• ChA: Challenge Appearances. Used to calculate ChW%. Fractional for tribal challenges (same as ChW), except sit-outs get charged for an appearance, because they could have participated.
    • ChW%: Challenge Win%. Simply, ChW% = ChW / ChA.
    • SO: The number of times a contestant sat out of a challenge.
  • Tribal Council stats
    • VFB: Votes For Bootee. The number of times the contestant has voted for the person who was ultimately voted out. Applies only to initial votes (no points for revotes in case of a tie). Special case: In a final three TC, where only one vote is cast (by the F3 IC winner), only that vote counts.
    • VAP: Votes Against the Player. The total number of tribal council votes cast against the contestant. Again, only initial votes count (no penalty for revotes), and here a hidden immunity idol (if played) erases the votes. In the special case of a final three tribal council above, only the F3 bootee receives a vote against.
    • TotV: Total votes cast during the tribal councils the player has attended (again, only initial votes count). Used to adjust for different vote totals as tribes shrink.
    • TCA: Tribal council appearances. The number of times a contestant has attended tribal council (at which they voted).
    • TC%: Tribal Council percent. Attempts to reward voting for the bootee (which players controlling the vote almost always do), while punishing receiving votes yourself. The formula is: TC% = [VFB - (VAP/TotV)] / TCA.
    • wTCR: weighted Tribal Council Ratio. Very similar in intent to TC%, but calculated as a ratio of VFB to VAP, while also scaling to a uniform number of TC appearances. The formula is as follows: wTCR =2* [VFB / (4+VAP)] x (14/TCA). I originally tried (1+VAP) to avoid dividing by zero, but this overly rewarded getting zero votes against relative to just one vote against, which seemed silly. (4+VAP) scaled that effect back comfortably. 14 was used as the scaling factor for TC appearances because there are usually 14 episodes, then a final scaling factor of 2 to bring maximal scores up to roughly even with ChW and JV% high scores.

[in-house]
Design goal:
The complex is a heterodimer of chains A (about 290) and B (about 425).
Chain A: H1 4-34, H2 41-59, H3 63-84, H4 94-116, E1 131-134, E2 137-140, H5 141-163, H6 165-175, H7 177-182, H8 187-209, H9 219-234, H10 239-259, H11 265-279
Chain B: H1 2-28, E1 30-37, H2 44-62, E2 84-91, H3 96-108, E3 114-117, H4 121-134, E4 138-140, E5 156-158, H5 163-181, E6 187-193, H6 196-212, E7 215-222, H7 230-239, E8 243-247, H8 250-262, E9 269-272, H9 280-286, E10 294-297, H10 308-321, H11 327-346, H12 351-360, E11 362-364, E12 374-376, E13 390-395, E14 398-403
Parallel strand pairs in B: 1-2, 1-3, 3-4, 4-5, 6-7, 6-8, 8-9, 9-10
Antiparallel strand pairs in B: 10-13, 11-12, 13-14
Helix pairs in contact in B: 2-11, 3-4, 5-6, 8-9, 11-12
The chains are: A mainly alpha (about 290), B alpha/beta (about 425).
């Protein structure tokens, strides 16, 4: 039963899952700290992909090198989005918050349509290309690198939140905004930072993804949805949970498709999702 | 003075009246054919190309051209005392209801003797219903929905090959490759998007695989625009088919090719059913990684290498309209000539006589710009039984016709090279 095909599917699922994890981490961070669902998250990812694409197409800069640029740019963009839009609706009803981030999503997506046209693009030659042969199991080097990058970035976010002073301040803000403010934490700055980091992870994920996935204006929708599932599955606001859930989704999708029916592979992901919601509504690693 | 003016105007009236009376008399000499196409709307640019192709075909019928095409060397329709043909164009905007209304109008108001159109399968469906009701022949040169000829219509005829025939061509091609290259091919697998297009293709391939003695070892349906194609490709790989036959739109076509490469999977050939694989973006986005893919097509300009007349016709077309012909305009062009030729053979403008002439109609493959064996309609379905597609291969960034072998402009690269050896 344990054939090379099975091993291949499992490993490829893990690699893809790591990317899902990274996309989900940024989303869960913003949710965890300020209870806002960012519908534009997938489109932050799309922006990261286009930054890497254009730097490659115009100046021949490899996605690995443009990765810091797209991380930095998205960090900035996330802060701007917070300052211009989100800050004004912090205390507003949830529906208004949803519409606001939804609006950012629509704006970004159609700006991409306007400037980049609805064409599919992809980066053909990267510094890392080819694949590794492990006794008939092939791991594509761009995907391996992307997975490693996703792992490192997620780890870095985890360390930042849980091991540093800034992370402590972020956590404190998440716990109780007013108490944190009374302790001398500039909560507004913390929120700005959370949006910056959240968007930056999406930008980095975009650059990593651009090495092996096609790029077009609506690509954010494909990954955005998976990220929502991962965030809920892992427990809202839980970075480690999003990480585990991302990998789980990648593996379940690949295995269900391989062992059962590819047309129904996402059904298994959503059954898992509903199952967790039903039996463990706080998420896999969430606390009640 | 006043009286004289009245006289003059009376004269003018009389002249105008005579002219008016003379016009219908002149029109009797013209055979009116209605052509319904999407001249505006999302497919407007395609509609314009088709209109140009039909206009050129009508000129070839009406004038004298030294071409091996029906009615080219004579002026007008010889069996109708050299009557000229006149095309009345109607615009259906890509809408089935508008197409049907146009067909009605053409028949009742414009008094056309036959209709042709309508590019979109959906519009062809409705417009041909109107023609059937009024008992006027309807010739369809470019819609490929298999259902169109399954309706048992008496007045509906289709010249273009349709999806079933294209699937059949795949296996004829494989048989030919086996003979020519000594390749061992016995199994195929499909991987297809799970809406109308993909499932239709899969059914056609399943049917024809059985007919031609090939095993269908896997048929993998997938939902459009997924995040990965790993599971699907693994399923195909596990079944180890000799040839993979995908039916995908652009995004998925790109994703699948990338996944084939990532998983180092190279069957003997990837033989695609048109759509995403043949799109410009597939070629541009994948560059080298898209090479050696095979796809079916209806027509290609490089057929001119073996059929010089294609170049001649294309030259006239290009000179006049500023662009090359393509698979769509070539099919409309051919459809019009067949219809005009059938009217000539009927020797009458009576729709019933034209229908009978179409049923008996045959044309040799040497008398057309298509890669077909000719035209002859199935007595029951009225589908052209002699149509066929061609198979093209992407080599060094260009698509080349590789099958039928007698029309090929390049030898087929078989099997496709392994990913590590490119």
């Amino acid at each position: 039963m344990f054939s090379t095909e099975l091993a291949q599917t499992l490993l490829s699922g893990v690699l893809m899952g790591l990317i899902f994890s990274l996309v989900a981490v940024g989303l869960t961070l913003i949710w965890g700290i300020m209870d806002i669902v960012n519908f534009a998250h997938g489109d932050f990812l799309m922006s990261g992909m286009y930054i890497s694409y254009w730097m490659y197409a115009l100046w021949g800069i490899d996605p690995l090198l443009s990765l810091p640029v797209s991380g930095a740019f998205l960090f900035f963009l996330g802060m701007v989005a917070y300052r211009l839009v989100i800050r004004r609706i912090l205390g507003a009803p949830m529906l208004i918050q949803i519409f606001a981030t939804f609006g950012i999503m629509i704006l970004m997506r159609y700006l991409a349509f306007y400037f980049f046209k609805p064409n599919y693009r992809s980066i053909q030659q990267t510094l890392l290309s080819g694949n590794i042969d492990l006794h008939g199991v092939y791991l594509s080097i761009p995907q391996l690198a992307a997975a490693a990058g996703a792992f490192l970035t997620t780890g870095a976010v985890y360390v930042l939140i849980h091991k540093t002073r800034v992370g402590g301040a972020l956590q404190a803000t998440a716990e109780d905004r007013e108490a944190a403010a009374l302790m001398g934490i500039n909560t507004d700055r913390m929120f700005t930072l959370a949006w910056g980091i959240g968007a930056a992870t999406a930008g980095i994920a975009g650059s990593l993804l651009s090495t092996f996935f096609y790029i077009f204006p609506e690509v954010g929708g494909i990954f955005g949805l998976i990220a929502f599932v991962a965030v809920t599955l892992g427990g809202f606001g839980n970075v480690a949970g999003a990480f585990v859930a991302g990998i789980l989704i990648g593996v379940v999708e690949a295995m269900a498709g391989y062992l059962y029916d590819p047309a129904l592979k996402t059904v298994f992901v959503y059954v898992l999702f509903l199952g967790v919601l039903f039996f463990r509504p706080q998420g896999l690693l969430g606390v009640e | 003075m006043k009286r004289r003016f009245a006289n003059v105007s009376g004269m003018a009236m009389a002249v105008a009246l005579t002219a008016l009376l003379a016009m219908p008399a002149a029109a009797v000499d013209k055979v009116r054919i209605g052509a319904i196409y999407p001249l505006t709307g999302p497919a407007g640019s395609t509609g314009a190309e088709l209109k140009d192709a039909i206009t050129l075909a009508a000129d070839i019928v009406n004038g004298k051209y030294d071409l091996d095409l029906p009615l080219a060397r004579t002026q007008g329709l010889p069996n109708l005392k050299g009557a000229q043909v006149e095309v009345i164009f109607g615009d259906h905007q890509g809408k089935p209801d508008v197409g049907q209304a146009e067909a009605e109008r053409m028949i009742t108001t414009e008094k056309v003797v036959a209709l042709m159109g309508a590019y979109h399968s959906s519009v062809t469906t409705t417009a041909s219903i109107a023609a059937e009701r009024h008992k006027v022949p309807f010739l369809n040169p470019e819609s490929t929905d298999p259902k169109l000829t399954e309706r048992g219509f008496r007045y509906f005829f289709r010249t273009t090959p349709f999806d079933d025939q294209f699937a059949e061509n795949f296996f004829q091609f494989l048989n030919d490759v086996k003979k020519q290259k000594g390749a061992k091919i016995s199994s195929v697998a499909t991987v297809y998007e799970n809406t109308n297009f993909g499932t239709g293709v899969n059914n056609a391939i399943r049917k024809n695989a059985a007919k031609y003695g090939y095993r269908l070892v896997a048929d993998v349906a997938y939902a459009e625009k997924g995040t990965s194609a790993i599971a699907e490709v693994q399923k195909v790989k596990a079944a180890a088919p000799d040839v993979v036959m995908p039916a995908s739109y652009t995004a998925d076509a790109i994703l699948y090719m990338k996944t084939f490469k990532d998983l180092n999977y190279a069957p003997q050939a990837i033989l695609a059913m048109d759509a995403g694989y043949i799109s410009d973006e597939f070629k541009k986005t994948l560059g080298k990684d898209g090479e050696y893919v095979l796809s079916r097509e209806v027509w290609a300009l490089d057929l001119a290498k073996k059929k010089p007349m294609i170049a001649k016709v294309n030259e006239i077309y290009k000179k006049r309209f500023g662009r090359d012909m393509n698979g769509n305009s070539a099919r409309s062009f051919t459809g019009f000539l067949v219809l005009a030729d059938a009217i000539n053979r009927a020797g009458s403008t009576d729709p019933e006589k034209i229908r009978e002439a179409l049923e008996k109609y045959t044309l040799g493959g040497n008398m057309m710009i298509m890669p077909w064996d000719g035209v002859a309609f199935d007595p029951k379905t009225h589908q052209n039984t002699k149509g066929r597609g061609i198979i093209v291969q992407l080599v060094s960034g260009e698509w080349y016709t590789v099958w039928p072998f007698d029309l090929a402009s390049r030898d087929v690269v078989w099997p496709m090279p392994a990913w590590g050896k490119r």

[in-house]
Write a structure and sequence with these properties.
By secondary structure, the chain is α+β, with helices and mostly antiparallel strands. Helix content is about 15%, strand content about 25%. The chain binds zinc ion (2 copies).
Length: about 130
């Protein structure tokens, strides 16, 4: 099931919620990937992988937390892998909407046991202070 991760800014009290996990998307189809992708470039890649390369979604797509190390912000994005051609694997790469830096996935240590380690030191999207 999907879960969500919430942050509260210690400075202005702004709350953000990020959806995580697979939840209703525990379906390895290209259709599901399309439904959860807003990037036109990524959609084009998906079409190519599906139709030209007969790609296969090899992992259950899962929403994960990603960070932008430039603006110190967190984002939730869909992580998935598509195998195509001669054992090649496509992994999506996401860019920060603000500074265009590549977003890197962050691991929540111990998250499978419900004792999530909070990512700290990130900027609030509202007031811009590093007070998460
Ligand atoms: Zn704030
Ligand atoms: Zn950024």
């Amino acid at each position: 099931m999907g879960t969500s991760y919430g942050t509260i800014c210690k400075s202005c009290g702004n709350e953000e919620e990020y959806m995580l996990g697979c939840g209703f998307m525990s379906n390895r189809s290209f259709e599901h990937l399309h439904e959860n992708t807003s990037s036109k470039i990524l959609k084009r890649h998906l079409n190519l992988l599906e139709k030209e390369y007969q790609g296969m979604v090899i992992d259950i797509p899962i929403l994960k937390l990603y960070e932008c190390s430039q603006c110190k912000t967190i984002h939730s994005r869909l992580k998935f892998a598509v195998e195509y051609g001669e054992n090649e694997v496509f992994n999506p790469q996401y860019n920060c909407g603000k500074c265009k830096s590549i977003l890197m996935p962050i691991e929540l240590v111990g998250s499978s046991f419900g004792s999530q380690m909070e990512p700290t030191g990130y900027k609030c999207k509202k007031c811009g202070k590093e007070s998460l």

• Jury stats
    • JVF: Number of jury votes for the contestant to win. Maximum nine (Earl Cole, Fiji), theoretically.
    • TotJ: Total number of jurors. Necessary to not punish unanimous 7-juror winners (JT Thomas, Tocantins).
    • JV%: The percent of total jury votes cast for the contestant, or Jur% = JVF/ TotJ. This number is used, raw, in SurvSc, and is scaled in SurvAv (multiplied by six) to make it similar in size to ChW and wTCR.
  • Overall scores
    • Survival Score (SurvSc). It's simply the sum of Challenge Win% (ChW%) + Tribal Council% (TC%) + Jury Vote%, for a maximum possible score of 2 (3 after the finale).
    • Survival Average (SurvAv). It's a simple sum of fractional Challenge Wins (ChW), weighted TC Ratio (wTCR), and (eventually) a weighted Jury%. The latter two max out at six points total, for a theoretical maximum score of around 18 or so.